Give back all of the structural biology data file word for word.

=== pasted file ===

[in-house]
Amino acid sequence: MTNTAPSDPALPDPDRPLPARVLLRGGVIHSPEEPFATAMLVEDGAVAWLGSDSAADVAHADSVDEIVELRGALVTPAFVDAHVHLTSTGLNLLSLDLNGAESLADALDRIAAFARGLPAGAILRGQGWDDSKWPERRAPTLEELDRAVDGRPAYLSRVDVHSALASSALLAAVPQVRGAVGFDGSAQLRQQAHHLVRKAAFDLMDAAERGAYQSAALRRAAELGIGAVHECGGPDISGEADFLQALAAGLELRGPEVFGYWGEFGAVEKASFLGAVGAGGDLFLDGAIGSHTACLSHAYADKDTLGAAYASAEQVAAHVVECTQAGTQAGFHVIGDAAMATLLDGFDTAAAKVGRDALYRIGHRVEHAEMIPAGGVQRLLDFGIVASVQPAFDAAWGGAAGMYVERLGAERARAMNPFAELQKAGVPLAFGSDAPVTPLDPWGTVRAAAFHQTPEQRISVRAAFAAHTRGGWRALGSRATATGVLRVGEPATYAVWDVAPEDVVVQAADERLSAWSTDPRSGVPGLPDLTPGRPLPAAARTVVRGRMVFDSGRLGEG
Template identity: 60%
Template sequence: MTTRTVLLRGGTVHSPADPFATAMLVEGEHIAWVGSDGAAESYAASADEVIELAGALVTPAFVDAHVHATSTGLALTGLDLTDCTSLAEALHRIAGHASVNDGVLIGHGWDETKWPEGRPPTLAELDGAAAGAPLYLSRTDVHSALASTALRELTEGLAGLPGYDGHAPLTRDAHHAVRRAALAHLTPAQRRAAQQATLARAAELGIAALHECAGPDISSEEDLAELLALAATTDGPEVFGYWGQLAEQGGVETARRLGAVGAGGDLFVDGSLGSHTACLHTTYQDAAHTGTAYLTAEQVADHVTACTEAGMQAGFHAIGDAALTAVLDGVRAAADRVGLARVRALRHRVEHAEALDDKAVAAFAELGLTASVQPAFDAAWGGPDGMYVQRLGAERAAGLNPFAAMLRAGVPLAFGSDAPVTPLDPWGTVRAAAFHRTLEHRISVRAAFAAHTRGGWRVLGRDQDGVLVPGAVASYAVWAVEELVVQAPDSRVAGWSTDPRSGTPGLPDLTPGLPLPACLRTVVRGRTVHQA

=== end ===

[in-house]
Amino acid sequence: MTNTAPSDPALPDPDRPLPARVLLRGGVIHSPEEPFATAMLVEDGAVAWLGSDSAADVAHADSVDEIVELRGALVTPAFVDAHVHLTSTGLNLLSLDLNGAESLADALDRIAAFARGLPAGAILRGQGWDDSKWPERRAPTLEELDRAVDGRPAYLSRVDVHSALASSALLAAVPQVRGAVGFDGSAQLRQQAHHLVRKAAFDLMDAAERGAYQSAALRRAAELGIGAVHECGGPDISGEADFLQALAAGLELRGPEVFGYWGEFGAVEKASFLGAVGAGGDLFLDGAIGSHTACLSHAYADKDTLGAAYASAEQVAAHVVECTQAGTQAGFHVIGDAAMATLLDGFDTAAAKVGRDALYRIGHRVEHAEMIPAGGVQRLLDFGIVASVQPAFDAAWGGAAGMYVERLGAERARAMNPFAELQKAGVPLAFGSDAPVTPLDPWGTVRAAAFHQTPEQRISVRAAFAAHTRGGWRALGSRATATGVLRVGEPATYAVWDVAPEDVVVQAADERLSAWSTDPRSGVPGLPDLTPGRPLPAAARTVVRGRMVFDSGRLGEG
Template identity: 60%
Template sequence: MTTRTVLLRGGTVHSPADPFATAMLVEGEHIAWVGSDGAAESYAASADEVIELAGALVTPAFVDAHVHATSTGLALTGLDLTDCTSLAEALHRIAGHASVNDGVLIGHGWDETKWPEGRPPTLAELDGAAAGAPLYLSRTDVHSALASTALRELTEGLAGLPGYDGHAPLTRDAHHAVRRAALAHLTPAQRRAAQQATLARAAELGIAALHECAGPDISSEEDLAELLALAATTDGPEVFGYWGQLAEQGGVETARRLGAVGAGGDLFVDGSLGSHTACLHTTYQDAAHTGTAYLTAEQVADHVTACTEAGMQAGFHAIGDAALTAVLDGVRAAADRVGLARVRALRHRVEHAEALDDKAVAAFAELGLTASVQPAFDAAWGGPDGMYVQRLGAERAAGLNPFAAMLRAGVPLAFGSDAPVTPLDPWGTVRAAAFHRTLEHRISVRAAFAAHTRGGWRVLGRDQDGVLVPGAVASYAVWAVEELVVQAPDSRVAGWSTDPRSGTPGLPDLTPGLPLPACLRTVVRGRTVHQA